Why Is It So Hard to Make New Friends As an Adult?

by Chapin Clark
Originally Published: 

Making new friends becomes even more fraught if there’s a spouse or child in the picture. Your choices are no longer your own. Say your kid hits it off with a classmate, but the parents are pescetarian Scientologists who think Two and a Half Men is genius. Tough shit, you’re hanging out with these people. Your fledgling’s nascent social skills take precedence.

But the dynamic can play out in other ways, as well. Several years ago my wife and I met a couple in town with young sons. Our kids played well together. I liked the parents. She was a video editor, and Catholic. He was an advertising copywriter and filmmaker, and Jewish. They were funny, charming, and gracious, newly arrived from Los Angeles. They invited us over for brunch on a warm spring day. We had a great meal and lounged in their comfortable, tastefully furnished home before adjourning outside to watch the kids run around in the backyard.

On the drive home, content in my post-brunch haze, I thought: “Hey, this is nice, we’re making some new friends.” I looked over at my wife, who was quiet. It soon became clear she’d had a very different reaction to our morning and wasn’t interested in further contact with them.

It didn’t make sense to me. At the very least, it seemed premature to make any final judgments. But she was adamant, and I decided not to press the issue. I was immediately anxious about how I would handle my next interaction with this couple. Already I mourned our stillborn friendship.

Not only did we not reciprocate, I felt as if, out of solidarity with my wife, I had to break off contact with them. This approach was complicated by my running into them everywhere—at the farmers’ market, at Dunkin’ Donuts, at the bookstore, at the movie theater, on the train, on the bus, in restaurants and parks. I didn’t know what to say. I was angry at being put in a position I didn’t choose. I was embarrassed by my own behavior. It never occurred to me I could have chosen something different—say, to have my own relationship with the husband.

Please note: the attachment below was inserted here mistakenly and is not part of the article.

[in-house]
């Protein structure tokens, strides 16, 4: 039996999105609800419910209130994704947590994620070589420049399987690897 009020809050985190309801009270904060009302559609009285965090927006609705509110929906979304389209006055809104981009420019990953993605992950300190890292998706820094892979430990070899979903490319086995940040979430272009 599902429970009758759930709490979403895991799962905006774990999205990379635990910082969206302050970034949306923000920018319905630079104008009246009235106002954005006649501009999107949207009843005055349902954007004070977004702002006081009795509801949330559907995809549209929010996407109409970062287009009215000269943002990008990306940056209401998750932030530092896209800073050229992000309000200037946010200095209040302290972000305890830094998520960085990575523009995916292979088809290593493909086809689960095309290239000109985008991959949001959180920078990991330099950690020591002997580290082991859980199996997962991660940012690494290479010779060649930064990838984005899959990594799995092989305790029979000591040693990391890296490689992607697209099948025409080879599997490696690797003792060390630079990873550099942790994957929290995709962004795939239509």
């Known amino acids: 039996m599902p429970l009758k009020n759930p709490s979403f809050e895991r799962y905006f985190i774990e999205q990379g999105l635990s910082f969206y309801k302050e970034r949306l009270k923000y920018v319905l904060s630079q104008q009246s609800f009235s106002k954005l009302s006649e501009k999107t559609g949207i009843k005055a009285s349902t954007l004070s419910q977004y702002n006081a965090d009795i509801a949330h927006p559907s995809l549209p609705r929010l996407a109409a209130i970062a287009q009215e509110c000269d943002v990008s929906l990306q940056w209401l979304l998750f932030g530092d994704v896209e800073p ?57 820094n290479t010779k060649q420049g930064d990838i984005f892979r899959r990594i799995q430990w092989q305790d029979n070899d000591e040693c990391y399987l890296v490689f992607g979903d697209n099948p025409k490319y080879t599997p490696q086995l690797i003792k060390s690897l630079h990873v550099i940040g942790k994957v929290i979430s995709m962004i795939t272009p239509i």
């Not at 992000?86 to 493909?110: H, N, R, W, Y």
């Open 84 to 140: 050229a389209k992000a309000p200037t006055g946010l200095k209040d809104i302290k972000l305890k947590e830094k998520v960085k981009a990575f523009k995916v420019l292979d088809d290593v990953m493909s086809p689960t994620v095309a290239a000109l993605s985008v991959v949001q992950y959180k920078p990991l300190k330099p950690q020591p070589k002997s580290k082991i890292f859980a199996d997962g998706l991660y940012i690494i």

So I took the next logical, mature, and completely reasonable step: I began pretending I didn’t recognize them and that we had never met.

Every time I returned home from one of these non-encounters, I made sure to tell my wife, jokingly but not really jokingly, “Guess who I saw today…” This reached new heights of absurdity once I found the male half of the couple and I shared several professional acquaintances. Friends of mine at the advertising agency where I work were friends and former colleagues of his. Social media brought us closer still: we followed the same people on Twitter. I watched from a discreet digital distance as he carried on conversations with mutual friends.

Years of this passed—years!—until one day I wasn’t married anymore and it occurred to me there was no longer anything preventing me from getting a drink with this guy. Divorce is arduous and unpleasant in many ways, but one advantage is you can go back to choosing your friends regardless of anyone else’s opinions. It is a kind of social rebirth.

He and I are now friends, but I still haven’t acknowledged to him everything that was going on—in my household and in my head—during that strange time. It still makes me uncomfortable.

Would you like to be my friend? I’ll understand perfectly if you don’t.

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